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Socialized Medicine Resurrexit By: Jeffrey Miles
FrontPageMagazine.com | Friday, June 13, 2003

The left-wing has revived its fight to control health care in the United States. Presidential candidates Dick Gephardt, Howard Dean and John Kerry have all released plans to subject this sector of the economy to varying degrees of political micromanagement. They employ phrases like “universal healthcare,” “pay or play” and “single payer healthcare.” However, socializing medical care would deteriorate the high level of health care enjoyed in America today, institute destructive rationing and transform the patient-doctor relationship into a patient-State relationship. What this is really about is money - lots of it – and federal control. 

Health care makes up about one-seventh of the total economy. Due to the increased longevity, our insatiable appetite for care (beyond that of any country in the world) and our high-tech medical treatments, that sector is growing rapidly.   Health care must be differentiated from health insurance in that care is always readily available, but paying for that care is the crux of the health debate going on in Washington, D.C, and in state houses all over the country.  It is complex, but we will try to de-mystify that complexity here.

Since the passage of the Employee Retirement Income Security Act (ERISA) in the 1970’s, which federalized the regulations for pensions and other employee benefit plans, employer-based health insurance has flourished.  Virtually all major U.S. corporations have sponsored health insurance programs for their employees and their dependents, while smaller companies have struggled, but for the most part succeeded, in trying to provide competitive benefits in order to compete with larger businesses.  Due to a 30 year evolution, the job based system of health insurance has taken hold and is now the primary method by which most Americans get health insurance.

With some flaws, it is a system that works.  The facts are that roughly 90 percent of Americans have health insurance and 90 percent of those like what they have.  Those are pretty significant numbers for any business.  Yet there are forces in America who hate this success, as they hate the basic fundamental system we live under.  Special interest groups representing “social change” believe that we all should live under Canadian/European/Cuban/Soviet-style health care systems, which cost more, deliver less, and change the doctor/patient relationship to one between the patient and the state.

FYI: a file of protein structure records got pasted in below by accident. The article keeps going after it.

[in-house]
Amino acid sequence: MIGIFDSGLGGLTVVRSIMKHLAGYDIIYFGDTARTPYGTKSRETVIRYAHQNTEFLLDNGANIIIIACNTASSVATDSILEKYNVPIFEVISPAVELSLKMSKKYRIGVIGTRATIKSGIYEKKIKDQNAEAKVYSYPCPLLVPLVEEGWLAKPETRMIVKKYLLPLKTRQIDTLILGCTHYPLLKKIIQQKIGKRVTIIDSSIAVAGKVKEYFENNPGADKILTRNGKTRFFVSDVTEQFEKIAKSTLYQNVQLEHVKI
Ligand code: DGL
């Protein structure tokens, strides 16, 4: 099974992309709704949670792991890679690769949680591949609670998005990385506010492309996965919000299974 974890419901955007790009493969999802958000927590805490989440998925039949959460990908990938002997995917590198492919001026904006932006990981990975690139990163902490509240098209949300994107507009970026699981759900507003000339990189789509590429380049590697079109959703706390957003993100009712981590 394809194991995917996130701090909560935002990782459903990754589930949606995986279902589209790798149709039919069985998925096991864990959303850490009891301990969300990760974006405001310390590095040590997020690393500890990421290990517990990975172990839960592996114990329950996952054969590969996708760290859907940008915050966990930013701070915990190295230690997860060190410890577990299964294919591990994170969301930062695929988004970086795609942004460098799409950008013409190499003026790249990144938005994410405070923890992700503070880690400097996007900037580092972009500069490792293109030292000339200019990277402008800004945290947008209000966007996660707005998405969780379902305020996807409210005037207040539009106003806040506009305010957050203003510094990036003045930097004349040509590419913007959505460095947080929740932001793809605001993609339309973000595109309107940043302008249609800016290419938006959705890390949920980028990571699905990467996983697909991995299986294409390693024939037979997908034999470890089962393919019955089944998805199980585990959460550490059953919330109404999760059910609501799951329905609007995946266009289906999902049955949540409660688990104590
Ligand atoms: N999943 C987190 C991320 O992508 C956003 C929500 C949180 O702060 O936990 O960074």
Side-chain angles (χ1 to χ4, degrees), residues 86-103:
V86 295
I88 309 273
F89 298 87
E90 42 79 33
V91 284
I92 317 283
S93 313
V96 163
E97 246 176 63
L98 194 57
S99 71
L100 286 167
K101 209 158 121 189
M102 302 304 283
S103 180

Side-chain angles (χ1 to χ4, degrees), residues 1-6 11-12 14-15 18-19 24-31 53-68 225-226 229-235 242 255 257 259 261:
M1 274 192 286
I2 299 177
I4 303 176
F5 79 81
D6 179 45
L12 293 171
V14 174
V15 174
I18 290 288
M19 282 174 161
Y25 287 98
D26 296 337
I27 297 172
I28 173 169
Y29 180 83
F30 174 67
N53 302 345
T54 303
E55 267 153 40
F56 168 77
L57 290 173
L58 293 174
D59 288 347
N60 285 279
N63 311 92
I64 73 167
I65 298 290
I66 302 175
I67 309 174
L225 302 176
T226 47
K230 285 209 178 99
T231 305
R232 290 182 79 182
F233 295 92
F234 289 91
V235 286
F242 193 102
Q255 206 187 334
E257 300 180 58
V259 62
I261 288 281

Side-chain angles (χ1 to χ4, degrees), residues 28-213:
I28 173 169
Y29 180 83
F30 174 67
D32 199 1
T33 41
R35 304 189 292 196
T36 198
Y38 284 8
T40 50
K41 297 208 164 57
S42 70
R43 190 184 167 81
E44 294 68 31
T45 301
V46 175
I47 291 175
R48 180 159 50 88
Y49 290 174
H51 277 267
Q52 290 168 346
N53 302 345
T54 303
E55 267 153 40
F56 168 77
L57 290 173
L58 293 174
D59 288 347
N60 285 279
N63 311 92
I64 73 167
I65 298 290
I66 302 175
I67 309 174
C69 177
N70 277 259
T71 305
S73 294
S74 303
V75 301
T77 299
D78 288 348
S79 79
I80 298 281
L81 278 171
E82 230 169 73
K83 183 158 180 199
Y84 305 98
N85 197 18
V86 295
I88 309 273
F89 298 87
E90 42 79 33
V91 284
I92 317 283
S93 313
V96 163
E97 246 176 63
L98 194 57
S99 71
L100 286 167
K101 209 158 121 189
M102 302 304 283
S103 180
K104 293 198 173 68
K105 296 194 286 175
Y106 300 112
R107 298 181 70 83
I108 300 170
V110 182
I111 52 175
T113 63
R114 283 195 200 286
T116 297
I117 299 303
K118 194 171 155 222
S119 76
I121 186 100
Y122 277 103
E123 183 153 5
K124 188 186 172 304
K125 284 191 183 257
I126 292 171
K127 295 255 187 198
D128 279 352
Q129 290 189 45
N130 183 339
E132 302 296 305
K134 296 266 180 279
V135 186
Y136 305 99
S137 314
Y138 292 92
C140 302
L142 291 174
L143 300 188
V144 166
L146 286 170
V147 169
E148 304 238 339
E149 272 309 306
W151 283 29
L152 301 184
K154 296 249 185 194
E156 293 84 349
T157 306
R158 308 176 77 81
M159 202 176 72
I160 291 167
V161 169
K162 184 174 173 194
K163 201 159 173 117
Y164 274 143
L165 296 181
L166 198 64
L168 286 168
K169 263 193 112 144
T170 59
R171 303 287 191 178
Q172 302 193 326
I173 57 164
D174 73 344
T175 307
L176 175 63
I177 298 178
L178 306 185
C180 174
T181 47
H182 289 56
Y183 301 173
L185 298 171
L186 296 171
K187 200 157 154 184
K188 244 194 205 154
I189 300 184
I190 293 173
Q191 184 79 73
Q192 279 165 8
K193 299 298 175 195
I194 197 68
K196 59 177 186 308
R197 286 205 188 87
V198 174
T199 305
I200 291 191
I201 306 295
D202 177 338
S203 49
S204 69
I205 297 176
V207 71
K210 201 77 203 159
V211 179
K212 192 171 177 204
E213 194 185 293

This health “fifth column” perpetuates many myths about health care and health insurance in particular.  Among those myths are that there are 40-60 million Americans without insurance, that socialized systems spend more on care and less on administration or “middlemen,” and that the care rendered is plentiful, cheap and excellent.  Nothing could be further from the truth.  These myths are spread with funding from some very influential sources such as the Robert Wood Johnson Foundation and the Kaiser Family Foundation.  These groups bankrolled the recent “Cover the Uninsured Week,” which was designed to illuminate the plight of the 60 to 70 million (see how easy it is to increase the size of this population?) citizens without insurance.  Their congressional proponents include Senator Edward Kennedy, Rep. Jim McDermott, and Sen. Hillary Rodham Clinton.

In fact, this propaganda campaign was designed to nudge the public to support full government takeover of health insurance, regardless of the negative aspects of such a scheme.

“Crisis” of the Uninsured

Let’s examine the issue of the millions without insurance.  The numbers need to be examined as to who is chronically uninsured, versus those who are without insurance for a short period of time.  Repeated studies show that the number of chronically uninsured is around 10 million people.  Most of those people simply cannot afford individual coverage, are suffering with health conditions that make them ineligible for individual coverage, or they do not work for an employer who provides them job based insurance.  The problem of individuals with pre-existing conditions making them uninsurable can be dealt with through the use of high risk pools, such as those already developed by many states.

Many more uninsured are lower paid workers who, while they may have coverage provided for them by their employers, cannot afford the contributions required to cover their dependent family members. These “unaffordables” can be served by transferable tax credits that can be used to buy individual insurance or to participate in an employer group plan.